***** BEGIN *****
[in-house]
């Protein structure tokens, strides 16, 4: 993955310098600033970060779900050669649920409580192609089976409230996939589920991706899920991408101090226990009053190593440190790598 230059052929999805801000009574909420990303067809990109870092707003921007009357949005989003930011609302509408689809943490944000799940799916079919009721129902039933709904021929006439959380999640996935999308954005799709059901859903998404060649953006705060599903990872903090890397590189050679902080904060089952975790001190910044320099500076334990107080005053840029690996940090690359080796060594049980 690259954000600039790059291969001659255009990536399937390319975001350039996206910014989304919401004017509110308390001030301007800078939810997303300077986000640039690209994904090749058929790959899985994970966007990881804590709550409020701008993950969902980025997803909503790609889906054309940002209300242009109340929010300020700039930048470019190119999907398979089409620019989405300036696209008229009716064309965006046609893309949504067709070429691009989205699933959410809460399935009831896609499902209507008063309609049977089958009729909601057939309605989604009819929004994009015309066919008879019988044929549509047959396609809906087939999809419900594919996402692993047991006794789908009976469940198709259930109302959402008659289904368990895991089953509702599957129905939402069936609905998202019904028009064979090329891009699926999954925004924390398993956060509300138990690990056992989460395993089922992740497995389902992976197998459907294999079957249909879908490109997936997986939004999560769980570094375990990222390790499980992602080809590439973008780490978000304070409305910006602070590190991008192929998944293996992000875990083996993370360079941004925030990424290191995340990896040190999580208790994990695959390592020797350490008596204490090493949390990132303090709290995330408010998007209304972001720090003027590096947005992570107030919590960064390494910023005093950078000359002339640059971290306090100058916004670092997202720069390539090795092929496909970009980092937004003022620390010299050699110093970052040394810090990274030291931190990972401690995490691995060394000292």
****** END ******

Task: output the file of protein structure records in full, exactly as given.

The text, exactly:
[in-house]
């Protein structure tokens, strides 16, 4: 993955310098600033970060779900050669649920409580192609089976409230996939589920991706899920991408101090226990009053190593440190790598 230059052929999805801000009574909420990303067809990109870092707003921007009357949005989003930011609302509408689809943490944000799940799916079919009721129902039933709904021929006439959380999640996935999308954005799709059901859903998404060649953006705060599903990872903090890397590189050679902080904060089952975790001190910044320099500076334990107080005053840029690996940090690359080796060594049980 690259954000600039790059291969001659255009990536399937390319975001350039996206910014989304919401004017509110308390001030301007800078939810997303300077986000640039690209994904090749058929790959899985994970966007990881804590709550409020701008993950969902980025997803909503790609889906054309940002209300242009109340929010300020700039930048470019190119999907398979089409620019989405300036696209008229009716064309965006046609893309949504067709070429691009989205699933959410809460399935009831896609499902209507008063309609049977089958009729909601057939309605989604009819929004994009015309066919008879019988044929549509047959396609809906087939999809419900594919996402692993047991006794789908009976469940198709259930109302959402008659289904368990895991089953509702599957129905939402069936609905998202019904028009064979090329891009699926999954925004924390398993956060509300138990690990056992989460395993089922992740497995389902992976197998459907294999079957249909879908490109997936997986939004999560769980570094375990990222390790499980992602080809590439973008780490978000304070409305910006602070590190991008192929998944293996992000875990083996993370360079941004925030990424290191995340990896040190999580208790994990695959390592020797350490008596204490090493949390990132303090709290995330408010998007209304972001720090003027590096947005992570107030919590960064390494910023005093950078000359002339640059971290306090100058916004670092997202720069390539090795092929496909970009980092937004003022620390010299050699110093970052040394810090990274030291931190990972401690995490691995060394000292």